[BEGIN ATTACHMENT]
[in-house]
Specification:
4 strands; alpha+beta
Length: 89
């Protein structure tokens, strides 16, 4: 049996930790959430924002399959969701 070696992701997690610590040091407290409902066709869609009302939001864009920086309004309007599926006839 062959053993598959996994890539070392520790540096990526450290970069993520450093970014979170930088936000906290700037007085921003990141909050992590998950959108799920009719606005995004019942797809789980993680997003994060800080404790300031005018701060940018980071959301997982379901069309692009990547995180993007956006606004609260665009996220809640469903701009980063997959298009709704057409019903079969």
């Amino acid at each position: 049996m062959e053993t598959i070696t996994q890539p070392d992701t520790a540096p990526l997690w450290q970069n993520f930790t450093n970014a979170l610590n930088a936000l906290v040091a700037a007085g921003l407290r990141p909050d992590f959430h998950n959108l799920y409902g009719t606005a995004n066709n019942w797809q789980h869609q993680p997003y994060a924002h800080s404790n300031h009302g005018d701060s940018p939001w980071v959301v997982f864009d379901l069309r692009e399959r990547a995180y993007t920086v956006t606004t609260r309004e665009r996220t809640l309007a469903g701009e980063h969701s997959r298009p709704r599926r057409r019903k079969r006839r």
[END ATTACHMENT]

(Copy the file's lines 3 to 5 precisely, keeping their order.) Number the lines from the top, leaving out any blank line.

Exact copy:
4 strands; alpha+beta
Length: 89
């Protein structure tokens, strides 16, 4: 049996930790959430924002399959969701 070696992701997690610590040091407290409902066709869609009302939001864009920086309004309007599926006839 062959053993598959996994890539070392520790540096990526450290970069993520450093970014979170930088936000906290700037007085921003990141909050992590998950959108799920009719606005995004019942797809789980993680997003994060800080404790300031005018701060940018980071959301997982379901069309692009990547995180993007956006606004609260665009996220809640469903701009980063997959298009709704057409019903079969």